Characidium mirim is described from the rio das Mortes, rio Araguaia basin in Central Brazil. The new species is distinguished from its congeners by having an incomplete lateral line, a conspicuous dark longitudinal stripe and dark transverse bars not extending ventrally to the lateral line, and by lacking the adipose fin and the dark caudal blotch. A phylogenetic hypothesis based on the available data on the phylogenetic relationships of the subfamily Characidiinae is presented. Results suggest that the new species is closely related to C. bahiensis, C. interruptum, C. lagosantense, C. nupelia, C. lanei,
C. laterale, C. occidentale, C. orientale, C. rachovii, C. stigmosum, C. vestigipinne and C. xavante.

Zootaxa 3664 (3): 369–376 (27 May 2013)
New species of Pyrrhulina (Ostariophysi: Characiformes: Lebiasinidae) from the Brazilian Shield, with comments on a putative monophyletic group of species in the genus

Pyrrhulina marilynae, new species, is described. The new species can be distinguished among congeners mainly by presenting a conspicuous, dark, zigzag shaped primary stripe, extending to distal end of median caudal-fin rays, reduction of the number of precaudal vertebrae, absence of postcleithrum 2, and nine principal rays on caudal-fin dorsal lobe. The putative relationship of the new species with Pyrrhulina australis, P. vittata and P. zigzag, three small-sized species of the genus, is discussed.

Zootaxa 3664 (4): 505–524 (28 May 2013)
Cryptic speciation within Asthenodipsas vertebralis (Boulenger, 1900) (Squamata: Pareatidae), the description of a new species from Peninsular Malaysia, and the resurrection of A. tropidonotus (Lidth de Jude, 1923) from Sumatra: an integrative taxonomic analysis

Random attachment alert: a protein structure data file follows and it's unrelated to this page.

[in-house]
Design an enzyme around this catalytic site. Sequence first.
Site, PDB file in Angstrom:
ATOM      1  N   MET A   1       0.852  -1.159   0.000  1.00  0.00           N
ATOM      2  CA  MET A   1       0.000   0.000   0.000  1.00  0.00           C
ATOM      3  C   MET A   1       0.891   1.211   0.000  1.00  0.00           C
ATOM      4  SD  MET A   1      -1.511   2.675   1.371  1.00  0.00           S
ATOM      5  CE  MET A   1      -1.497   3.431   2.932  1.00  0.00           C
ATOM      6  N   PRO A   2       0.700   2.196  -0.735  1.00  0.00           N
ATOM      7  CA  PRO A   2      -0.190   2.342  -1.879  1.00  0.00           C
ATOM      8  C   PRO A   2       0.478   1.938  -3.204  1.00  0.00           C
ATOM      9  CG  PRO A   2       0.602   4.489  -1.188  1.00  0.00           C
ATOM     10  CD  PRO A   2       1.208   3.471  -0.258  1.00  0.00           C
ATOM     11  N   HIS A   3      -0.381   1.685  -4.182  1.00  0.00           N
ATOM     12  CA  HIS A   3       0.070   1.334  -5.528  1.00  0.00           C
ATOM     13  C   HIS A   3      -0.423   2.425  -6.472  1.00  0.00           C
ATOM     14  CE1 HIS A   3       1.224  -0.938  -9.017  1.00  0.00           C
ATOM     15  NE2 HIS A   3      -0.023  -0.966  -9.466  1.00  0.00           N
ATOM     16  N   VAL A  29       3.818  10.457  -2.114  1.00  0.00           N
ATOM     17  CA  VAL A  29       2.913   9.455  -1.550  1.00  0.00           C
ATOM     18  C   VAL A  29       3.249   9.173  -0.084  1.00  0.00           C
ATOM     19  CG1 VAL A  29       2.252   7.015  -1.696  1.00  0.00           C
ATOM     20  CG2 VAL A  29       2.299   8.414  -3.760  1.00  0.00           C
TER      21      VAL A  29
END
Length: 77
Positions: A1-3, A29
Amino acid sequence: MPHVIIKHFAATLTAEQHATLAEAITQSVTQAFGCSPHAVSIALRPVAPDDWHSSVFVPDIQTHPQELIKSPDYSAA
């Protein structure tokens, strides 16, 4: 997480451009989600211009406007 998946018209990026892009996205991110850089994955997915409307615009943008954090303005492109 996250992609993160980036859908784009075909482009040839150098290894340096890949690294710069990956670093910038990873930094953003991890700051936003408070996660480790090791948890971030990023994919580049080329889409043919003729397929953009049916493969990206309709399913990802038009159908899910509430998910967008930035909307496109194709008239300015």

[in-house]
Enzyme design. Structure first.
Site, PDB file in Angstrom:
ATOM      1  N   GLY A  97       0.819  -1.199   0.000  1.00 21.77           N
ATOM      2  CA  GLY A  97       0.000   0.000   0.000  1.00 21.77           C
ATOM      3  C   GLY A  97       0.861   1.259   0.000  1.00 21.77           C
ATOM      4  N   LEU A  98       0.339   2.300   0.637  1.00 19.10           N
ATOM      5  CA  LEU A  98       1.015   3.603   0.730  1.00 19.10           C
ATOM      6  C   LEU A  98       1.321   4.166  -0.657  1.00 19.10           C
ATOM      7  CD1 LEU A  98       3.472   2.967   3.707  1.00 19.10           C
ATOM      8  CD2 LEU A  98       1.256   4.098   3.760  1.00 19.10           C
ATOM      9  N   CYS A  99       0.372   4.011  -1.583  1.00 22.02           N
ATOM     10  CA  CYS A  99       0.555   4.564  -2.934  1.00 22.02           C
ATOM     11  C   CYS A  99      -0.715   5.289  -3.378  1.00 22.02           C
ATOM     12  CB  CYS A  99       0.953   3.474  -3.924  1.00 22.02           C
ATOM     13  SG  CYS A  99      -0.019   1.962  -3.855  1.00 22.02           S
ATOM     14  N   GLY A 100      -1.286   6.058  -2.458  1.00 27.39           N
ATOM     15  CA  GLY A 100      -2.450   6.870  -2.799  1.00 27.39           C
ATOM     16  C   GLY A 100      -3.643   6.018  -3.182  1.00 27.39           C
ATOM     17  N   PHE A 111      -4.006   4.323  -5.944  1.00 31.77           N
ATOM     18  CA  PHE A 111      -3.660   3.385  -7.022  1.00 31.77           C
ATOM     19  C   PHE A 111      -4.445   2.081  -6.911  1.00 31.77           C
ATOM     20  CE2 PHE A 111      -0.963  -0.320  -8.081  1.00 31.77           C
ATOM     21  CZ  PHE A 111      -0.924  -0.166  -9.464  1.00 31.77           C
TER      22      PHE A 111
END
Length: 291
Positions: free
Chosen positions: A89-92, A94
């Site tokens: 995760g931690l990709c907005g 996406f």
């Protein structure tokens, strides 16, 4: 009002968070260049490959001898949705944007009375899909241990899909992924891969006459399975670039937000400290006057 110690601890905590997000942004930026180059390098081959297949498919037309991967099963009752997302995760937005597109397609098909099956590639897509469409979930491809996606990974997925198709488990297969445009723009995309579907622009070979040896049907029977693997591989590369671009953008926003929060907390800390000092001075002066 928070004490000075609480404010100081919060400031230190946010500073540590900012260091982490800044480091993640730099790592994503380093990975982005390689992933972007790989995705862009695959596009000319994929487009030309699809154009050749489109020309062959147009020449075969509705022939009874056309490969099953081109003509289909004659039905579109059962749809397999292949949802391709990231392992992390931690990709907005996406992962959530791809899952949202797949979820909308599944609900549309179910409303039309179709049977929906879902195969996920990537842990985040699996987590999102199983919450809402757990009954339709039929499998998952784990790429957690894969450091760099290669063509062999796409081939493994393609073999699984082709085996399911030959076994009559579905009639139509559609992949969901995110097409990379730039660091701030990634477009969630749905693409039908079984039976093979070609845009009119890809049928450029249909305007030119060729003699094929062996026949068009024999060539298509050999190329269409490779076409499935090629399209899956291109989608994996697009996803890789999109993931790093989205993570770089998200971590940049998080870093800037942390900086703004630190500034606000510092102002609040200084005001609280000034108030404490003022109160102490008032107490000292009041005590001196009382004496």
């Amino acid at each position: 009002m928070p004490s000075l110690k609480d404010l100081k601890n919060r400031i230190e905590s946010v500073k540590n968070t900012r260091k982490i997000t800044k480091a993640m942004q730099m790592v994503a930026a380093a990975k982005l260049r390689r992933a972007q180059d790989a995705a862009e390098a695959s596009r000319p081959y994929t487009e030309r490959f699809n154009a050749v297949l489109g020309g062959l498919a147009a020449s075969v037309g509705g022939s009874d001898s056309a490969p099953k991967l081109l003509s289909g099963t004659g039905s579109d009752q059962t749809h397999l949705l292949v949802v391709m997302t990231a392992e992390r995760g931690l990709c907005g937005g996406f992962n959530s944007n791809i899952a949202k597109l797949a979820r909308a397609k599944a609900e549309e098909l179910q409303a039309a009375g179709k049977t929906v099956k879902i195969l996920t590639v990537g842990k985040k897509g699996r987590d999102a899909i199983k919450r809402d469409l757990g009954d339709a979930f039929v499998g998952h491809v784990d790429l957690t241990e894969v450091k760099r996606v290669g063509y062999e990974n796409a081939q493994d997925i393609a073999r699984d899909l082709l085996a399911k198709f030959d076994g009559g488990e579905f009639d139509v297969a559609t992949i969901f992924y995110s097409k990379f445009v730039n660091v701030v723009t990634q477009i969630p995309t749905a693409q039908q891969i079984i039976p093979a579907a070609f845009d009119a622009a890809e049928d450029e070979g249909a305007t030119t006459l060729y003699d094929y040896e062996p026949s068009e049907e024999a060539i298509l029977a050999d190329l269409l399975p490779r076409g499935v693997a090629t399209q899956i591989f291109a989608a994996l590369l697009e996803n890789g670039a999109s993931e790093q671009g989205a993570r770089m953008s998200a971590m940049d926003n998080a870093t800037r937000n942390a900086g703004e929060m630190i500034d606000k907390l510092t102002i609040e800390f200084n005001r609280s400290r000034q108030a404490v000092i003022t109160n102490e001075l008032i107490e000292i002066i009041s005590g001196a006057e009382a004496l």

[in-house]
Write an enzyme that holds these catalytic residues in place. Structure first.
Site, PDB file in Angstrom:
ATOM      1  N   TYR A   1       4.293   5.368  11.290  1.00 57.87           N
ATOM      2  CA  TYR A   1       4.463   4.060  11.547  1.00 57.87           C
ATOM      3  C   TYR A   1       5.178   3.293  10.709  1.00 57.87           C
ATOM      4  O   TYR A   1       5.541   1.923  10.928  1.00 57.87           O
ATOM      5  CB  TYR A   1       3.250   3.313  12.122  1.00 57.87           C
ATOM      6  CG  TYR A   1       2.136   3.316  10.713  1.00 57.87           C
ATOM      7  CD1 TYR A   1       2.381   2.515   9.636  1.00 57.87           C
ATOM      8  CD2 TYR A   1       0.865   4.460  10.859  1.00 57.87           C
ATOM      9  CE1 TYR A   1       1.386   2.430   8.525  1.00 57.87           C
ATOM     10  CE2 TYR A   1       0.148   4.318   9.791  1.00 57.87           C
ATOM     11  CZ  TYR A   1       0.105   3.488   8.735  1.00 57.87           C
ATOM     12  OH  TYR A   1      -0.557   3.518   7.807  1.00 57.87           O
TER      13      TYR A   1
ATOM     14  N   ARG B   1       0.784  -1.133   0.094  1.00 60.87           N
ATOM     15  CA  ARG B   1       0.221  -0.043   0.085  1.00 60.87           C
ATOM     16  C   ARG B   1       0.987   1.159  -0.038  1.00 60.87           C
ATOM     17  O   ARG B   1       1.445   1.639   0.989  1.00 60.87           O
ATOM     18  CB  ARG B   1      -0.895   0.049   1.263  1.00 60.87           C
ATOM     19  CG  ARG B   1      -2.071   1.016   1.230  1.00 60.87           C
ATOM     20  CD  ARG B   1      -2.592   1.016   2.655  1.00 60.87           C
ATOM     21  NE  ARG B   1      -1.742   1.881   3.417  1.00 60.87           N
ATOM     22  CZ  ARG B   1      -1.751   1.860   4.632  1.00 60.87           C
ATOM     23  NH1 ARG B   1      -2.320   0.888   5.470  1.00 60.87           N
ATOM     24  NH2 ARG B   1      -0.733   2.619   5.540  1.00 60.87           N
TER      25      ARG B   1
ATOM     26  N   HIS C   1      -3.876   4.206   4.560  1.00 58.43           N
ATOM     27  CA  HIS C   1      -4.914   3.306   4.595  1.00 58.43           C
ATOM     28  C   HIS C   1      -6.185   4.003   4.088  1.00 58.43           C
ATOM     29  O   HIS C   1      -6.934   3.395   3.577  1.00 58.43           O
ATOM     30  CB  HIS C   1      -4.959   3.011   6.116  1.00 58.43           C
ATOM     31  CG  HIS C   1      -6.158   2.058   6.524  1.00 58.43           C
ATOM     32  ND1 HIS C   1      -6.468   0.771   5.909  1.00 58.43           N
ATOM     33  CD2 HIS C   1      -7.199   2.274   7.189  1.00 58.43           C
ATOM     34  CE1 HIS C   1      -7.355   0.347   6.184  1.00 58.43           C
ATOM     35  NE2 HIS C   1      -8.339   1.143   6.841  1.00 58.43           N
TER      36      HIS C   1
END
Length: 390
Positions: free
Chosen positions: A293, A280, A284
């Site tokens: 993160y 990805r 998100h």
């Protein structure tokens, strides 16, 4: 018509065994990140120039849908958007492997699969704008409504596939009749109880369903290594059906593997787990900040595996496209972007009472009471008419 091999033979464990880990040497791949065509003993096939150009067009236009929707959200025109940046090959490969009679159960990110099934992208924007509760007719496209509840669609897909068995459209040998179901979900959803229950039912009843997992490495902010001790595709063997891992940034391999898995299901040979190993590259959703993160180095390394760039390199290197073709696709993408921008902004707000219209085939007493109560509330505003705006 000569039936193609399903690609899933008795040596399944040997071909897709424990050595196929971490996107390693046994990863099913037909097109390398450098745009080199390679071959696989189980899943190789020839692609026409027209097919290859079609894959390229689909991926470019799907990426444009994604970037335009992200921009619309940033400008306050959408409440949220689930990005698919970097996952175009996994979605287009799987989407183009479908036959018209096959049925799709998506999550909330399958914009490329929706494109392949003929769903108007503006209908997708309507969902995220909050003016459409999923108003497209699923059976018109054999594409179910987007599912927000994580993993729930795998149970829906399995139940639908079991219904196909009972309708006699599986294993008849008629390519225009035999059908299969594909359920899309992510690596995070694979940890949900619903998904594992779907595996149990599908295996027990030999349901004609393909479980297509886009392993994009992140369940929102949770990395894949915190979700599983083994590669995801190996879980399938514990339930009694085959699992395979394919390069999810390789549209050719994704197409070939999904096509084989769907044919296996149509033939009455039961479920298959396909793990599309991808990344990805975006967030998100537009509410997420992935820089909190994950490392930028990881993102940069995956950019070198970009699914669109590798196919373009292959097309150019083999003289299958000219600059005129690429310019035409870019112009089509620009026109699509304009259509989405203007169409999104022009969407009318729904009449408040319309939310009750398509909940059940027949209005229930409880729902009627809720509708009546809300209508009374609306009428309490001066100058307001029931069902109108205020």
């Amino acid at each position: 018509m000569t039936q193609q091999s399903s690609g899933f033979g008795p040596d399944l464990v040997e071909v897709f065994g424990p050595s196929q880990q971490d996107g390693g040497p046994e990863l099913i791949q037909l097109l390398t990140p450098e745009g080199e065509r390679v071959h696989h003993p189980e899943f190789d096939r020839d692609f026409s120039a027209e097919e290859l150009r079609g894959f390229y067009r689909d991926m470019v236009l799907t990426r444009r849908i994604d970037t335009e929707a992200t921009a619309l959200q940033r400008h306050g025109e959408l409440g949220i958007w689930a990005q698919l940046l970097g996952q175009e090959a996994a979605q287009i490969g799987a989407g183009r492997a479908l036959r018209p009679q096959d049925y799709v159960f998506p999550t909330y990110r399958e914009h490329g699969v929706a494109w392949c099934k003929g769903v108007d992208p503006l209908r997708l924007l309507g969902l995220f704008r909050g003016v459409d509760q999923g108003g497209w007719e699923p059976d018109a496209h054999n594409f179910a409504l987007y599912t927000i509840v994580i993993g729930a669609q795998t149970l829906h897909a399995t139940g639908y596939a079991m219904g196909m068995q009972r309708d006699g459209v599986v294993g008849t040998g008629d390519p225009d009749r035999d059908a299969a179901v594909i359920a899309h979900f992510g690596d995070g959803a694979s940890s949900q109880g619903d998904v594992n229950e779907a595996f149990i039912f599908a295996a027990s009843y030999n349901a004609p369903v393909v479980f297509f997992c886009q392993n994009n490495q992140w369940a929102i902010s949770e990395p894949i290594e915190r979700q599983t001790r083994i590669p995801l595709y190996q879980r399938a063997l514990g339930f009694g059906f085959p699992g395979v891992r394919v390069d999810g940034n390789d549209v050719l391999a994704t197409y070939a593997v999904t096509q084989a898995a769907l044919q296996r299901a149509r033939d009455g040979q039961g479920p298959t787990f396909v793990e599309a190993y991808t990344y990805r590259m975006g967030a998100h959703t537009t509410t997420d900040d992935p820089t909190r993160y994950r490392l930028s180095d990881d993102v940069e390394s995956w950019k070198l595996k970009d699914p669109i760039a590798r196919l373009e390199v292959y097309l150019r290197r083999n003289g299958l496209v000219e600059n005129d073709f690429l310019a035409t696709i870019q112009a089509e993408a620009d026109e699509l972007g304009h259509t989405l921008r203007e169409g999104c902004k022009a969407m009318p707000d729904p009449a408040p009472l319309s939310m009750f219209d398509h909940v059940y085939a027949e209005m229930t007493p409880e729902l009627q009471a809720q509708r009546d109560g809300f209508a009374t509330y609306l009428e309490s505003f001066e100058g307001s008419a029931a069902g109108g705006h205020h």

A review of the taxonomic status of the Asian Slug Snake, Asthenodipsas vertebralis (Boulenger, 1900) based on an integrative taxonomic approach using molecular, morphological, color pattern, and ecological data indicate it is composed of three well supported monophyletic lineages: (1) Pulau Tioman and Fraser’s Hill, Pahang and Bukit Larut, Perak; Peninsular Malaysia; (2) its sister lineage from Northern Sumatra; and (3) the remaining basal lineage from Peninsular Malaysia.
Furthermore, we consider the high sequence divergence (6.3%–10.2%) between these lineages (especially in areas of sympatry) and discrete differences in their morphology, color pattern, and microhabitat preference as evidence they are not conspecific. As such, we resurrect the name A. tropidonotus (Lidth de Jeude, 1923) for the Sumatra populations, restrict the name A. vertebralis to the populations from Pulau Tioman, Genting Highlands, Fraser’s Hill, Gunung Benom, and Bukit Larut that contain terrestrial, banded adults; and consider A. lasgalenensis sp. nov. to be restricted to the populations